He served a faithful thirty-eight years as a pastor, but that wasn’t the only hat he wore. He served on the city council in Pottsville; he was the chaplain for the Arkansas State Police, where Mrs. Morris recalled a time where Thomas had to take a call. “It was one of the hardest things for him”. Being a chaplain you have to break some news that isn’t always the “good news”. He volunteered as a firefighter, on the Salvation Army Board, and the historic Potts Inn Board. He also served on some boards nationwide. He was on the Erskine College Board in Due West, S.C, served as the Moderator of Mississippi Valley Presbytery, and the Synod.
Even though he has collections of books he also has collections of letters somewhere in the world that he sent out to members of his church, random people in the community, his army buddies, and others who wrote him because they needed encouragement. These letters are probably in books, and scrapbooks that others have collected that he was so dear to.
There is a man in the community that became a pastor in at a small Southern Baptist church before he had the chance to meet Rev. Thomas G. Morris face to face. Jim Huffman is the pastor of what he would call a “small country church”. He lives, and encourages everyone around him to live by the motto, “God doesn’t lead you to a place, but He leads you to a people”. God has led this man to several people, both in the community and in the state. He is on his way back to Arkansas when he says, “I didn’t really know Reverend Morris, but I do know him and respect him because of the many testimonies I have heard from others who did know him”. He goes on to add, “He took opportunity to minister to people…He even pastored the Baptist church”. The church that Jim pastors at didn’t exist at one time in the community, but Jim goes on to say that “But he pastored those people before they had a pastor”.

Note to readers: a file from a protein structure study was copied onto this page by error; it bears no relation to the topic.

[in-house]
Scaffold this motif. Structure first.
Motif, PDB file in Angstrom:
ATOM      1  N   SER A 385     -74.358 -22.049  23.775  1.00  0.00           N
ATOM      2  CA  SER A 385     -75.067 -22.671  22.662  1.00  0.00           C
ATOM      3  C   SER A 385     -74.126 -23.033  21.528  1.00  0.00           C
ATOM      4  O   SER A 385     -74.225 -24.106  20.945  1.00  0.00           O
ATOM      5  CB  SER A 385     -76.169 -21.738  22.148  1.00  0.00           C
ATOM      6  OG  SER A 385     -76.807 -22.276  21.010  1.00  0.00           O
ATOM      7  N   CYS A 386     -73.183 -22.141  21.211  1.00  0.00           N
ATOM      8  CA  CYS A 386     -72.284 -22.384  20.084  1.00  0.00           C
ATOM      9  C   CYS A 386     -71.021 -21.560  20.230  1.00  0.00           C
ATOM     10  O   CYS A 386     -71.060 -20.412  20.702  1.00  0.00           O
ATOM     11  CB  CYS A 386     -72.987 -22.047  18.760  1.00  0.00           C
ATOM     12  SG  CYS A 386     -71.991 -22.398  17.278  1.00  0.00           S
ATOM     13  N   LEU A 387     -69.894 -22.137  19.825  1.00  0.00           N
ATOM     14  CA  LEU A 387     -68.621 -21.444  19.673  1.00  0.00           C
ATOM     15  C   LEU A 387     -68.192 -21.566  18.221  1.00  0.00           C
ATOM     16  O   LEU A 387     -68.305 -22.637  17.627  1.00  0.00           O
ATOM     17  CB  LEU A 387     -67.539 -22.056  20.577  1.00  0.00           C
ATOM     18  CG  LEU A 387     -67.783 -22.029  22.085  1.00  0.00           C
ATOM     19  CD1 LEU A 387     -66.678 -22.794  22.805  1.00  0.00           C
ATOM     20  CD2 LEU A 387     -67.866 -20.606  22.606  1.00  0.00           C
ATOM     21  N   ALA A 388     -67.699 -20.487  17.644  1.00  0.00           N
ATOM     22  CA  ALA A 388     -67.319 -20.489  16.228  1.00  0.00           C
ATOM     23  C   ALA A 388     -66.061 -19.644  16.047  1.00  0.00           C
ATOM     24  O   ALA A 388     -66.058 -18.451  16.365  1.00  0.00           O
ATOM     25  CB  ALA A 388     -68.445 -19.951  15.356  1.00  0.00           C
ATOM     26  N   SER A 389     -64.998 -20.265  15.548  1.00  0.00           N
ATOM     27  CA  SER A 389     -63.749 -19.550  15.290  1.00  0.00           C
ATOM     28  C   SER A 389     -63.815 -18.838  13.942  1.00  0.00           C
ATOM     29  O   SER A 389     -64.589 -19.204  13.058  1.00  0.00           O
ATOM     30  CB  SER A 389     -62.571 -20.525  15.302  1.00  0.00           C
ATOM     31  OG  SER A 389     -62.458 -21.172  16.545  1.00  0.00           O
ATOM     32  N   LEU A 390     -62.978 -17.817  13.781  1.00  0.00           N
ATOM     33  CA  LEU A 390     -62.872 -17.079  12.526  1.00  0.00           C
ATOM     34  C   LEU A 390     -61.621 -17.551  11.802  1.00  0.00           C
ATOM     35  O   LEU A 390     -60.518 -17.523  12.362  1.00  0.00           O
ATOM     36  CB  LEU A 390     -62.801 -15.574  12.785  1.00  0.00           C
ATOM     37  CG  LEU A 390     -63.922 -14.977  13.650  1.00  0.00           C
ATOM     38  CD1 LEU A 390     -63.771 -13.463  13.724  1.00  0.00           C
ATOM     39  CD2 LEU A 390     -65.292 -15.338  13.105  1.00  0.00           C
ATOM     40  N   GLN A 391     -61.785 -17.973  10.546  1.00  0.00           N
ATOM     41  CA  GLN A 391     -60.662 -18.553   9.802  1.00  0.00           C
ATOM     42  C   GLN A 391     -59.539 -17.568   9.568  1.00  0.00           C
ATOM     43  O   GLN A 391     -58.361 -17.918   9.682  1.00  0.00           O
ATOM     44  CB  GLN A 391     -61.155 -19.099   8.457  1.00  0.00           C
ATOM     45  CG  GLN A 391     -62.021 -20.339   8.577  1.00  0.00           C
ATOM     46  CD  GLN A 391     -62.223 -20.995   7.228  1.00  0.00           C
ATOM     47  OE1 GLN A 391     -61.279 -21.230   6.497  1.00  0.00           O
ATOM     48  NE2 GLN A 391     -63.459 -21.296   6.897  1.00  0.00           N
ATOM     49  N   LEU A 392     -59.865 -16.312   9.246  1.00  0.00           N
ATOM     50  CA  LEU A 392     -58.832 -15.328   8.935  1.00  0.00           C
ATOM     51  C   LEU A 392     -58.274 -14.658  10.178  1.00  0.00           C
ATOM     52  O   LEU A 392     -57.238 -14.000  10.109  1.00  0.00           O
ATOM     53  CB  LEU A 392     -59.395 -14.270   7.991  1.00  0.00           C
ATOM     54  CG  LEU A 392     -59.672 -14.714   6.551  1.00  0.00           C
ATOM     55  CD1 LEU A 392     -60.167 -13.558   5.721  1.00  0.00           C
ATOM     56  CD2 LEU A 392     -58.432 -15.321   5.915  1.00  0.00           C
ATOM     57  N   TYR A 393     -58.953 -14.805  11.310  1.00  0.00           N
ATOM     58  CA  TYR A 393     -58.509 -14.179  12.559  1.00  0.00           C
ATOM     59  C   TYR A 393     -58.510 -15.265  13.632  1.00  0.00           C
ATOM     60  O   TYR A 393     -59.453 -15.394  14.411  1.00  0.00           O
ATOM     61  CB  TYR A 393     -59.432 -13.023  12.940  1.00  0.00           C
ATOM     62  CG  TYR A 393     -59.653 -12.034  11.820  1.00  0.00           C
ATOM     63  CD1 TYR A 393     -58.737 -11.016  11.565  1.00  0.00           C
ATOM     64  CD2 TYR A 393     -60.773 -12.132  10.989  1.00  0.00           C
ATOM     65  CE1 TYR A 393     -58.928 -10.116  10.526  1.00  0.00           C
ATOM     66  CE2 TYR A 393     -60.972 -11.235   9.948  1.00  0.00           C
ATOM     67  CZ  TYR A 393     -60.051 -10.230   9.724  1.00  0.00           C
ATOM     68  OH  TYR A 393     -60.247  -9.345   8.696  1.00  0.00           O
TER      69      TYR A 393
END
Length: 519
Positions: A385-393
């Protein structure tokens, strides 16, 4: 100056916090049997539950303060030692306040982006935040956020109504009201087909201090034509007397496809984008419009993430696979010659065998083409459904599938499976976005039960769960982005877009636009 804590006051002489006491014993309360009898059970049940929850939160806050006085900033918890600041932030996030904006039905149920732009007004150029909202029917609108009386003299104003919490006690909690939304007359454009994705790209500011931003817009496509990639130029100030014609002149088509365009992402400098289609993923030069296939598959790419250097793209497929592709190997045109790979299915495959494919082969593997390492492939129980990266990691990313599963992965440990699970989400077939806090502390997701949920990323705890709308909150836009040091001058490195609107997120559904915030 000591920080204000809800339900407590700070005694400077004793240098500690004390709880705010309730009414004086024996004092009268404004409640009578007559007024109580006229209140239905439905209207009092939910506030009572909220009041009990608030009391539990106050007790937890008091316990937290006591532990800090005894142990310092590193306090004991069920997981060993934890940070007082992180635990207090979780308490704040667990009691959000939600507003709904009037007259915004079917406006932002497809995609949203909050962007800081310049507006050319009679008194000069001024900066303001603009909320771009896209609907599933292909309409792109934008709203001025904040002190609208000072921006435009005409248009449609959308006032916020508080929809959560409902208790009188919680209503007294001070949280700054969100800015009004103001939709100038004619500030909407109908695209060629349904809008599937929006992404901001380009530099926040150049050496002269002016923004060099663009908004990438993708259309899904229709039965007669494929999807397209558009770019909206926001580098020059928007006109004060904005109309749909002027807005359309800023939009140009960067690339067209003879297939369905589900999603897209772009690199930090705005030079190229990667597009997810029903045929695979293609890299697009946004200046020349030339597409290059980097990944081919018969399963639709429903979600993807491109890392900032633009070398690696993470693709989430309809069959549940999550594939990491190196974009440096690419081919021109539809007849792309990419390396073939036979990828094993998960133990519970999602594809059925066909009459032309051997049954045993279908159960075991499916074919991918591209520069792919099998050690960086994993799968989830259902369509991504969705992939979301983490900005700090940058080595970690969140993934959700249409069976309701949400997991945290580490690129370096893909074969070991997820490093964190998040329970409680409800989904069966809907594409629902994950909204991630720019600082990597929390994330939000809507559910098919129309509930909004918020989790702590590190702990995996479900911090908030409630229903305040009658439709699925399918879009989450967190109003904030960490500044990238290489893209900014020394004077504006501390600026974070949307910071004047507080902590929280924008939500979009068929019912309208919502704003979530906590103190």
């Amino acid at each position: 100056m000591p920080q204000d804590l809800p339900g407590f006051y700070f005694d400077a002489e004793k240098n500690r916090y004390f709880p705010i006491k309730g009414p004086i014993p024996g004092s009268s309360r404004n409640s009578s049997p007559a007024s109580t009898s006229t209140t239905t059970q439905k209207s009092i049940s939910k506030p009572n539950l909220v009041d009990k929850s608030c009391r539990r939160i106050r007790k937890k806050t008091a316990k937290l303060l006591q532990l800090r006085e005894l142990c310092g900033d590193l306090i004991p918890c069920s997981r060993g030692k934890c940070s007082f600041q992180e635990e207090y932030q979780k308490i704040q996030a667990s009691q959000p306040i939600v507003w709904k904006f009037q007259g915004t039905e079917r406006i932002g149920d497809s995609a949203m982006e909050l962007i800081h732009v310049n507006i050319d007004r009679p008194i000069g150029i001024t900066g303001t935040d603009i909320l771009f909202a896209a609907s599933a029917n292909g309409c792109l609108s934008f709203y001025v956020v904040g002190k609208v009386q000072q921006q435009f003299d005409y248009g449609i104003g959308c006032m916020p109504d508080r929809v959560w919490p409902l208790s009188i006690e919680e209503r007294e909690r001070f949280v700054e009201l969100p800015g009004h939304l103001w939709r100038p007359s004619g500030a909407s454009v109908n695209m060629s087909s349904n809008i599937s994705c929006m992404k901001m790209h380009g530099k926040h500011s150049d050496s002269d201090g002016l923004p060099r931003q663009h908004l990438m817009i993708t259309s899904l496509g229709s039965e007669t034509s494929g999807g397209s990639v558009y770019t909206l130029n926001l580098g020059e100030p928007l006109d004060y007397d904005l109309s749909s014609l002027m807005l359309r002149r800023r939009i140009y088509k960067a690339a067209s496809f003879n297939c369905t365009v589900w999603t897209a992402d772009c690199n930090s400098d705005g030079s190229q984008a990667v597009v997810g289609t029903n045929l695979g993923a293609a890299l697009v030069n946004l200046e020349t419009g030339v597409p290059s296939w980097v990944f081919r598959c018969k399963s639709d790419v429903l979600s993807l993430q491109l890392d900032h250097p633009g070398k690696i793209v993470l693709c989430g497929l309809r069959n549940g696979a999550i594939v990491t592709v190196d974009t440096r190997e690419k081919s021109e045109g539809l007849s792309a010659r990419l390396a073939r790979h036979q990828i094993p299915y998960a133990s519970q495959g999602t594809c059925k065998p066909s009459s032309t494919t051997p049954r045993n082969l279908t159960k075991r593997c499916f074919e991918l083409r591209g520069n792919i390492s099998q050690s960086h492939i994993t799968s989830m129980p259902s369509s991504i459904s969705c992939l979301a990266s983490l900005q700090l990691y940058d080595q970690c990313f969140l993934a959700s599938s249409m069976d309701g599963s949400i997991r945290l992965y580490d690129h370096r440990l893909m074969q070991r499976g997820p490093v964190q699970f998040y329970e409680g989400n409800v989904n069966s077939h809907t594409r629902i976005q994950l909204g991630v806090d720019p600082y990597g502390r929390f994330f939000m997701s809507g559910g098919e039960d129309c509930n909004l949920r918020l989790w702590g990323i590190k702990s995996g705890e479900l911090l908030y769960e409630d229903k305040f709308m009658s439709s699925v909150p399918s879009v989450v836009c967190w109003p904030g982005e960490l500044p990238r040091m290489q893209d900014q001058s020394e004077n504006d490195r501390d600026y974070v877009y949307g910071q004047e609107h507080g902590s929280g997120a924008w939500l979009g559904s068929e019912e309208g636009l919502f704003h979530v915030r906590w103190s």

She gets up to move into their dining room. She flips open a scrapbook she kept for her only son. There lies a page of kind comments in memory of Thomas G. Morris Jr. “Read a couple of those, it sounds like Reverend Morris, but it was about his son he was in the public so it made me feel wonderful”. She points to another one posted from a man who knew Thomas Jr. from Texas. With joy she says, “I thought that was unusual, but it sounds just like Mr. Morris…it sounded just like his daddy I am proud of him”
There is a memorial just before the ball fields at the park he was “instrumental in developing”. It reads: “And I heard the voice of the Lord saying, ‘whom shall I send and who will go for me and I said, ‘Send me” from the book of Isaiah the sixth chapter, and eighth verse. “ And below it goes on to read, “As instructed by the father this was the Life Rev. Thomas G. Morris lived serving his country during World War II. Always they’re for his church, community, school, and their athletics program. A loving husband, father, and grandfather. Daily visiting the poor and needy regardless of your Denomination he was there like a ray of hope. Lest we never forget this kind man this lasting memorial made possible by family, and many friends who loved him you will be missed”. Above this is a picture of his face a smile for all the people that come to visit. “Even though his home was at Pottsville, his heart was wherever there was a need,” said Carolyn Kendrick, one of the leaders of the fund-raising effort for the memorial. His home is in Heaven, yet needs a still being met in the small community of Pottsville because of one mans smile.